Brush the top of the dough with a beaten egg. Cover the pans loosely with plastic wrap. Allow them to double in size. This can take 45 – 60 minutes.

Sprinkle a little Demerara sugar over the top and bake for about 45 minutes. Feel free to place a piece of aluminum foil loosely over the tops to prevent over browning.

Allow bread to cool completely before slicing.

Enjoy!

Cozonac brought to you by Runcible Eats (www.leaandjay.com)

Links for Helpful Kitchen Tools & Ingredients for Cozonac:

OXO Good Grips Stainless Steel Food Scale

Kitchen Aid Artisan Stand Mixer

6 Quart Dough Rising Bucket

SAF Instant Yeast

Hand Held Zester

Oxo Good Grips 7 Piece Nesting Measuring Beaker Set

Silicone Pastry Dough Rolling Mat

King Arthur Flour Espresso Powder


Guinness Chocolate Cake with Baileys Buttercream Frosting

March 17, 2019

 

IMG_7406

Woo-hoo! Today is St. Patrick’s Day!!! It is here, it is here! But this year I am parting with tradition a bit. I have always shared a cupcake recipe for my last post of my St. Patrick’s Day blog-a-thon. However, today you are getting a full-sized cake! And when I say full sized, I mean it. This Guinness Chocolate Cake with Baileys Buttercream Frosting is a whopper!

IMG_7363

Kind of like my waist size after I gobbled it all up…but whatever! It was completely worth every inch it added as well as every additional minute I spent in the gym afterwards working it off. This imposing cake features a layer of silky, dreamy Baileys swiss meringue buttercream nestled between two big, tall layers of moist, rich and intensely chocolatey cake which has been frosted with a decadent chocolate ganache. The Baileys Buttercream makes another appearance as the garnish on top of the cake. A chocolate lovers bliss I tell you!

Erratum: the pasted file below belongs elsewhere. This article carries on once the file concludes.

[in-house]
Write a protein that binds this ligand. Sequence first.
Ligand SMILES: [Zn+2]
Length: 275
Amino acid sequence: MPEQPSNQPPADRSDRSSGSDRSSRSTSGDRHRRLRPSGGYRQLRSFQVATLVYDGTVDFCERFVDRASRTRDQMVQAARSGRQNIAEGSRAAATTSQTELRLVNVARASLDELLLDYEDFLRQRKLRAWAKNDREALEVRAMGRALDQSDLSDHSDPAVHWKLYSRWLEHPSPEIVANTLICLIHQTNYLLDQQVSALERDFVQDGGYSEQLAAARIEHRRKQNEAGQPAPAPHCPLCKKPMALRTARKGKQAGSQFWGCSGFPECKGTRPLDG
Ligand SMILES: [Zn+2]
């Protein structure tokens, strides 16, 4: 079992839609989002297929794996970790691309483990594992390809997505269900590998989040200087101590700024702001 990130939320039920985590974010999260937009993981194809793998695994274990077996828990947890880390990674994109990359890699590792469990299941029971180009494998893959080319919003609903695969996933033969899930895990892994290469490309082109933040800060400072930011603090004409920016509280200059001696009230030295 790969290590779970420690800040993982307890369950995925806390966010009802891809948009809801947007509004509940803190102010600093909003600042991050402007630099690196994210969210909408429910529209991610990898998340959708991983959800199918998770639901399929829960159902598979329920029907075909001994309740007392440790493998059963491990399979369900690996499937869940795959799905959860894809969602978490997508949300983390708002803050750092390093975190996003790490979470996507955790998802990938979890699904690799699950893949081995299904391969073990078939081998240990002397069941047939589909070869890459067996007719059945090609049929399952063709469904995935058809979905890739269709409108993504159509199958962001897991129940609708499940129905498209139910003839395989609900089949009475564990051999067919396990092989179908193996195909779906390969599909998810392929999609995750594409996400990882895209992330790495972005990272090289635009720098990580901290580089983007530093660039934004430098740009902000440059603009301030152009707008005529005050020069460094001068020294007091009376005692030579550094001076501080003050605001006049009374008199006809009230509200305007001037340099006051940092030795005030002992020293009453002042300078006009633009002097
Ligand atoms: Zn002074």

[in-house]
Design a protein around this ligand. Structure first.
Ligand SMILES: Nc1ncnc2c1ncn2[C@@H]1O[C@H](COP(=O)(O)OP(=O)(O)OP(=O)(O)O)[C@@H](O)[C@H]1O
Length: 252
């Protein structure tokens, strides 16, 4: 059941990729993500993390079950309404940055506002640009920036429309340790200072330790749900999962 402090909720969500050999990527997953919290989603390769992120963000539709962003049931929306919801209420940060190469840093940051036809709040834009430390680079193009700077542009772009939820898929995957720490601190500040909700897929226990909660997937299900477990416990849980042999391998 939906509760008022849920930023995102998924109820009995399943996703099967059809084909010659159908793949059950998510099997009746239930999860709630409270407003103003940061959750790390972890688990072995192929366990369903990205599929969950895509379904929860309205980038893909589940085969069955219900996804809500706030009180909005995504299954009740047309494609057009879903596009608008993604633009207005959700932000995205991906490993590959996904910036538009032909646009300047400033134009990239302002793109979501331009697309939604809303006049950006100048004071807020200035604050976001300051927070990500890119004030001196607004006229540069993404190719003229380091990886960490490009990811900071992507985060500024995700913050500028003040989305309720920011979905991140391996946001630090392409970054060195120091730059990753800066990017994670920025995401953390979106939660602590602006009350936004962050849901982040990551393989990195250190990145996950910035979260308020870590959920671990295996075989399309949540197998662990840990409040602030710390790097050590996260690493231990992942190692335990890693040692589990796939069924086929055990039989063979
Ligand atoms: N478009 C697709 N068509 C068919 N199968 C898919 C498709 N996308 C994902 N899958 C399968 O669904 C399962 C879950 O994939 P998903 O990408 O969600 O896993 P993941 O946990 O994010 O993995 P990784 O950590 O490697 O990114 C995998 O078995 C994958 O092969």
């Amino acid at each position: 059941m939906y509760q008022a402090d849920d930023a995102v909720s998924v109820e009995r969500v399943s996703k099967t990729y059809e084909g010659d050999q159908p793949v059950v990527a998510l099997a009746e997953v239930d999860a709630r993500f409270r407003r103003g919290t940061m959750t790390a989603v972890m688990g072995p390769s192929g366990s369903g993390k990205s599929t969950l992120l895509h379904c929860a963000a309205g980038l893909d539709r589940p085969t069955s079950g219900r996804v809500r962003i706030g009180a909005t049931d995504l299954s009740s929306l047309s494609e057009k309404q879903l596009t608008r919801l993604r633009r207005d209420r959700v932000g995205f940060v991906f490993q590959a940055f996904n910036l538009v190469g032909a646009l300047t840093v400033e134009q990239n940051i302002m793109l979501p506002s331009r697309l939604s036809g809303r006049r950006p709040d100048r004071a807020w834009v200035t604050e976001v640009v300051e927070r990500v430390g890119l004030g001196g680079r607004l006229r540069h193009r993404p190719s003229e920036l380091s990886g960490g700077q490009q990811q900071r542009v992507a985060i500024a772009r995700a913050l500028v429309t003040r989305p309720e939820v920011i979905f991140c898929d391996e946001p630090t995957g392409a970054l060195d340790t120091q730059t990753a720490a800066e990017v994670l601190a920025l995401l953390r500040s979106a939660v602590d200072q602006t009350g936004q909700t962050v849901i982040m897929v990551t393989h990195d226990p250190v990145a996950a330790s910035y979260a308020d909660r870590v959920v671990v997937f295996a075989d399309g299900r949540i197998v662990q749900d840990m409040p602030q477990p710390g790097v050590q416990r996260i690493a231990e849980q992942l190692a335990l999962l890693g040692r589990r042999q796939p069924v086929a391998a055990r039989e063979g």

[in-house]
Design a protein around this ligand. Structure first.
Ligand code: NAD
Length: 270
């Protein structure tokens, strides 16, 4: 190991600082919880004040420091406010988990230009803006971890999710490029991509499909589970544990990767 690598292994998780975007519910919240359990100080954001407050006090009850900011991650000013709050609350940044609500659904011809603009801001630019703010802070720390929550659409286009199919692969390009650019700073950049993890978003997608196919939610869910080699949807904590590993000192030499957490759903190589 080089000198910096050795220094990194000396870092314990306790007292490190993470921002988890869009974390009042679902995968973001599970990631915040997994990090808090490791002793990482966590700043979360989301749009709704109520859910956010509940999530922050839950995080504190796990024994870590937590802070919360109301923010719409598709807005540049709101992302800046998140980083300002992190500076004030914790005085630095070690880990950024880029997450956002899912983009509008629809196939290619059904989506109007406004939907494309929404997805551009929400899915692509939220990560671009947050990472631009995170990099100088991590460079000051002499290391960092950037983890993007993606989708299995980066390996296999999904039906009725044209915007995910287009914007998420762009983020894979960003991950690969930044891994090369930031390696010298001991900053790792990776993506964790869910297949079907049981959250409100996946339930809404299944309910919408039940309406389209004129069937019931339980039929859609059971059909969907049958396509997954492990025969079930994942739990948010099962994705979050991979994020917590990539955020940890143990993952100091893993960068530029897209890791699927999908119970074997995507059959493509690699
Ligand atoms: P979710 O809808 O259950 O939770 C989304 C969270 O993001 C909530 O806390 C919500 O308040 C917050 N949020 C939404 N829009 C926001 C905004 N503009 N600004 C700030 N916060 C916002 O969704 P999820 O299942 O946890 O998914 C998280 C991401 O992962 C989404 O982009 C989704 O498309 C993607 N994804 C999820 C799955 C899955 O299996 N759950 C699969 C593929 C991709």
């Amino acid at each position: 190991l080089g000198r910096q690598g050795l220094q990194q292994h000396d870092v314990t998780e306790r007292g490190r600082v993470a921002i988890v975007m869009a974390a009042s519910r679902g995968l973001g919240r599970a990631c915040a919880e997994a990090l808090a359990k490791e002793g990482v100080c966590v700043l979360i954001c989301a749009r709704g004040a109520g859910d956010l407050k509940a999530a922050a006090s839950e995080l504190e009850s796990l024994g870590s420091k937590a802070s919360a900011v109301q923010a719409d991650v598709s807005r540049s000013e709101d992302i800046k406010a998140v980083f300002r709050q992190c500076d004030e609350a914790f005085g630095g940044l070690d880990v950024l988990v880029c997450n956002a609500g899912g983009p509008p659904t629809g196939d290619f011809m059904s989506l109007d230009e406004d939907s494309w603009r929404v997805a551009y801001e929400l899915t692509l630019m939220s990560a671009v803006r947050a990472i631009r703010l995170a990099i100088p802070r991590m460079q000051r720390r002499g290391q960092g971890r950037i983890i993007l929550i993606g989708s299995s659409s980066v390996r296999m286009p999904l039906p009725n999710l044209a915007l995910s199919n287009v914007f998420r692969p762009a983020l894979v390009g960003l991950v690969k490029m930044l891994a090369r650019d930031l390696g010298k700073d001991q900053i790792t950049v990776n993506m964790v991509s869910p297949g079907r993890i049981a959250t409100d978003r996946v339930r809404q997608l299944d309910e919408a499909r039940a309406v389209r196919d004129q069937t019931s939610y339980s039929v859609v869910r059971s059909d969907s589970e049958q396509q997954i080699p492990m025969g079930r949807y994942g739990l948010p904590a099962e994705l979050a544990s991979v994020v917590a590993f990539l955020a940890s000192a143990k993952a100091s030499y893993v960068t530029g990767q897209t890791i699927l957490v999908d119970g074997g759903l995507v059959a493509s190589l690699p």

IMG_7340

Even the Husband, who doesn’t really go in for chocolate desserts, couldn’t get enough of it. He must have asked me a dozen times to make sure I saved this recipe. This Guinness Chocolate cake will definitely make an impression!

IMG_7391

So I do apologize for not sharing a cupcake recipe. Once I made this cake and got my first little taste of it, I just couldn’t wait to share it with you. I suppose you could make it into cupcakes if you wished, but I gotta admit I am a fan of the stature of this full sized decadent delight!

IMG_7330

Well it looks like I’ve gotta get going…my blogging is done for a while. I’ve got some Patrick’s Day festivities to attend to. So see you in a week or so, Lá Fhéile Pádraig Sona Daiobh (Happy St. Patrick’s Day)!

IMG_7434

Guinness Chocolate Cake with Baileys Buttercream Frosting

  • Servings: 1 (excuse my french ) - Big Ass Cake, 16 servings or so depending how you slice it
  • Difficulty: moderate - nothing too difficult, but lots of steps!
  • Print

recipe adapted from: King Arthur Flour

Ingredients:

For the Cake

  • 2 cups stout or dark beer, such as Guinness
  • 2 cups (4 sticks) unsalted butter
  • 1 1/2 cups Dutch-process cocoa
  • 4 cups all-purpose flour
  • 4 cups sugar
  • 1 tablespoon baking powder
  • 1 1/2 teaspoons salt
  • 4 large eggs
  • 3/4 cup sour cream

For the external Chocolate Ganache frosting

  • 1 pound bittersweet or semisweet chocolate, chopped
  • 2 cups heavy cream
  • 1 teaspoon vanilla extract

For the internal Baileys Buttercream frosting

  • 2 Extra – Large Egg Whites
  • 3/4 Cups Sugar
  • 1 Cups (2 sticks) Butter, cut into 1/2 inch cubes, cool but not cold
  • 1/8 tsp Salt
  • 2 Tablespoons Baileys Irish Cream

Directions:

Preheat the oven to 350°F. Grease and flour three 8″ or two 9″ cake pans, and line them with parchment paper circles. Be sure your 9″ pans are at least 2″ deep.

For the cake: Place the stout and butter in a large, heavy saucepan, and heat until the butter melts. Remove the pan from the heat, and add the cocoa powder.